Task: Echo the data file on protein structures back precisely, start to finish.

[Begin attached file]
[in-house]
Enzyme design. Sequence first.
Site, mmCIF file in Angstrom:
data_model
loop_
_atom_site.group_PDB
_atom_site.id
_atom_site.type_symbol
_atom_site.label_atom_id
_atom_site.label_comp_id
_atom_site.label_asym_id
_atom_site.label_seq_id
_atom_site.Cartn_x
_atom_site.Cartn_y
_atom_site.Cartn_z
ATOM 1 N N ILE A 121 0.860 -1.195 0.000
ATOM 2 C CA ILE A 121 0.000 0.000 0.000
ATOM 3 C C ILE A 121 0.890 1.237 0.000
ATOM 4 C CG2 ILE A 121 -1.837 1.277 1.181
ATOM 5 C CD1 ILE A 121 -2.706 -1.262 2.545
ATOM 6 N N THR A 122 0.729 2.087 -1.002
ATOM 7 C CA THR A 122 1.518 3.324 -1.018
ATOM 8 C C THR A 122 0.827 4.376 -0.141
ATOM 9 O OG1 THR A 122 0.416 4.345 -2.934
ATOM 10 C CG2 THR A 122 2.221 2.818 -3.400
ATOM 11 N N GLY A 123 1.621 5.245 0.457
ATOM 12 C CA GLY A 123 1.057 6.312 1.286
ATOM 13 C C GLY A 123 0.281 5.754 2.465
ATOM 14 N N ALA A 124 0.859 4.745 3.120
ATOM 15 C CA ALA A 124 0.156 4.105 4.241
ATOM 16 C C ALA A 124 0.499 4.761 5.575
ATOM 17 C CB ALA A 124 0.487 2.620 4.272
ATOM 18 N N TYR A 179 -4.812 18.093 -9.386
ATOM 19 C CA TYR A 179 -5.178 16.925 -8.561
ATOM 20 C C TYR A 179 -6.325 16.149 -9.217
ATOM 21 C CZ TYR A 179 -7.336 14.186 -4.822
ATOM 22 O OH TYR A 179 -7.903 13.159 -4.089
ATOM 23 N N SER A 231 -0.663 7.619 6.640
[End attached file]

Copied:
[in-house]
Enzyme design. Sequence first.
Site, mmCIF file in Angstrom:
data_model
loop_
_atom_site.group_PDB
_atom_site.id
_atom_site.type_symbol
_atom_site.label_atom_id
_atom_site.label_comp_id
_atom_site.label_asym_id
_atom_site.label_seq_id
_atom_site.Cartn_x
_atom_site.Cartn_y
_atom_site.Cartn_z
ATOM 1 N N ILE A 121 0.860 -1.195 0.000
ATOM 2 C CA ILE A 121 0.000 0.000 0.000
ATOM 3 C C ILE A 121 0.890 1.237 0.000
ATOM 4 C CG2 ILE A 121 -1.837 1.277 1.181
ATOM 5 C CD1 ILE A 121 -2.706 -1.262 2.545
ATOM 6 N N THR A 122 0.729 2.087 -1.002
ATOM 7 C CA THR A 122 1.518 3.324 -1.018
ATOM 8 C C THR A 122 0.827 4.376 -0.141
ATOM 9 O OG1 THR A 122 0.416 4.345 -2.934
ATOM 10 C CG2 THR A 122 2.221 2.818 -3.400
ATOM 11 N N GLY A 123 1.621 5.245 0.457
ATOM 12 C CA GLY A 123 1.057 6.312 1.286
ATOM 13 C C GLY A 123 0.281 5.754 2.465
ATOM 14 N N ALA A 124 0.859 4.745 3.120
ATOM 15 C CA ALA A 124 0.156 4.105 4.241
ATOM 16 C C ALA A 124 0.499 4.761 5.575
ATOM 17 C CB ALA A 124 0.487 2.620 4.272
ATOM 18 N N TYR A 179 -4.812 18.093 -9.386
ATOM 19 C CA TYR A 179 -5.178 16.925 -8.561
ATOM 20 C C TYR A 179 -6.325 16.149 -9.217
ATOM 21 C CZ TYR A 179 -7.336 14.186 -4.822
ATOM 22 O OH TYR A 179 -7.903 13.159 -4.089
ATOM 23 N N SER A 231 -0.663 7.619 6.640